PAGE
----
Tuesday, February 11, 2014

is one eye enough?

Hmmm... What does it mean to have a log in your eye?

I got a little glimpse of what it feels like a couple of weeks ago.  

I woke up and felt something funny in my eye.  I reached to rub it (I know, I know...) and recoiled at my own touch.  My entire eye socket felt bruised.  It felt like it was swelling as I sat there.  I felt like I had been sucker punched in the eye.

I got out of bed and ran to the bathroom to inspect my eye in the mirror.  I was expecting to see something horrifying.  It felt terrible, at least it would be bloodshot or something.  Maybe it would be red and swollen.  But when I looked, it appeared perfectly normal.  What???

I checked closer, compared the two eyes.  Alas, there wasn't anything to speak of.  Maybe a little swelling, but could've been my imagination.

I complained to my mom.  "I feel like someone punched me out." When lamenting to my friend, she laughed, "Maybe someone did."  Ha. Ha.

It was bugging me terribly.  Focusing on things, moving my eyeball to look in different directions, it all hurt.  I held my eye shut with my palm and applied pressure.  It made it feel better. My friend suggested that it was a stye and said that it would help to apply a hot compress.  I took a washcloth doused in hot water and pressed it to my eye.  Such relief!

I went about my business, pathetically pressing a wet washcloth to the side of my face.  And I noticed something.

I never realized how important it was that both of my eyes work together.  Obviously, as I went about my business that day, I was only using one eye.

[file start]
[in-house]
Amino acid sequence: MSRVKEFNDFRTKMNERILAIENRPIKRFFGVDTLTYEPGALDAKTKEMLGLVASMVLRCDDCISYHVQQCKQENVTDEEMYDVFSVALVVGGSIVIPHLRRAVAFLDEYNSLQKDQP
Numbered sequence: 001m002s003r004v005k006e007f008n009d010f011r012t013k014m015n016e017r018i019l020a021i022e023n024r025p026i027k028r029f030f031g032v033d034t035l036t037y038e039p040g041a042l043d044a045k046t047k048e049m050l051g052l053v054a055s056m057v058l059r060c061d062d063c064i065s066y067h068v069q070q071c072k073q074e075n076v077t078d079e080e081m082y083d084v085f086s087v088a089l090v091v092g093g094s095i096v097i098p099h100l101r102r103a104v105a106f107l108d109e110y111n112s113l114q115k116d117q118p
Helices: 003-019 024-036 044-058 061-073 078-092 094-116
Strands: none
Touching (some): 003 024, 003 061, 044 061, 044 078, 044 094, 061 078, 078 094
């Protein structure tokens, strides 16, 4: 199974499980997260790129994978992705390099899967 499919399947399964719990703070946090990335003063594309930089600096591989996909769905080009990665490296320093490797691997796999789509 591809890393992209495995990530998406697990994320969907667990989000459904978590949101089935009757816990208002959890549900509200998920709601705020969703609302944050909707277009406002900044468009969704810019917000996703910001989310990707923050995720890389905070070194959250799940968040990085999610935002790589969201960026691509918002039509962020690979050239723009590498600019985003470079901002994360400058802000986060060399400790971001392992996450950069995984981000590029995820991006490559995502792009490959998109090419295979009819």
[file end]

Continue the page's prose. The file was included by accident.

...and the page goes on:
My perspective and perception was literally off.  I would reach for something and not realize that it was closer or farther away than I had estimated.  Everything looked more dim.  I had to focus harder to read (and I don't wear glasses or contacts). Everything was just generally harder to see.

I kept feeling a weird urge to say that I had a log in my eye.  Because seriously, that's what it felt like.

Then I was thinking...

The scriptures ask why we should take the speck out of our brother's eye when we have a huge log in our own. 


"Why do you look at the speck that is in your brother’s eye, but do not notice the log that is in your own eye? Or how can you say to your brother, ‘Let me take the speck out of your eye,’ and behold, the log is in your own eye? You hypocrite, first take the log out of your own eye, and then you will see clearly to take the speck out of your brother’s eye."  ~Matthew 7:3-5

The Lord charges us to first remove the log from our own eye, then take the speck out of our brother's eye.  I witnessed first hand what it felt like to be crippled in one eye--I probably would have been barely able to see the speck, much less help someone to remove it!  

My perception would be off, I would have ended up hurting the other person because I could not see clearly enough to properly remove the speck.  In reaching toward their face, I probably would have ended up accidentally jamming their eye with the force, because my estimation was off.

When we have sin in our own lives that needs to be rooted out, it messes up the way that we see.  We may be able to see the specks in other people's eyes, the problems that they need to take care of, but until we have taken care of our own, our perspective is off--we can't see clearly enough to give them the proper care that they need to remove the speck!  We would probably end up hurting them rather than helping them.

I'm not saying that we should ignore the sin of other people, on the contrary!  Out of love for our brothers and sisters in Christ, we should be ever ready to exhort them in the truth of the Word if they are in error.  However, I believe that we should always be looking to ourselves first and foremost to make sure that we don't have any logs in our eyes before trying to remove specks from others.

And sometimes, the log isn't obvious to everyone else.  It may not be clearly seen, but that doesn't make it any less the hurtful--to ourselves and to others.  

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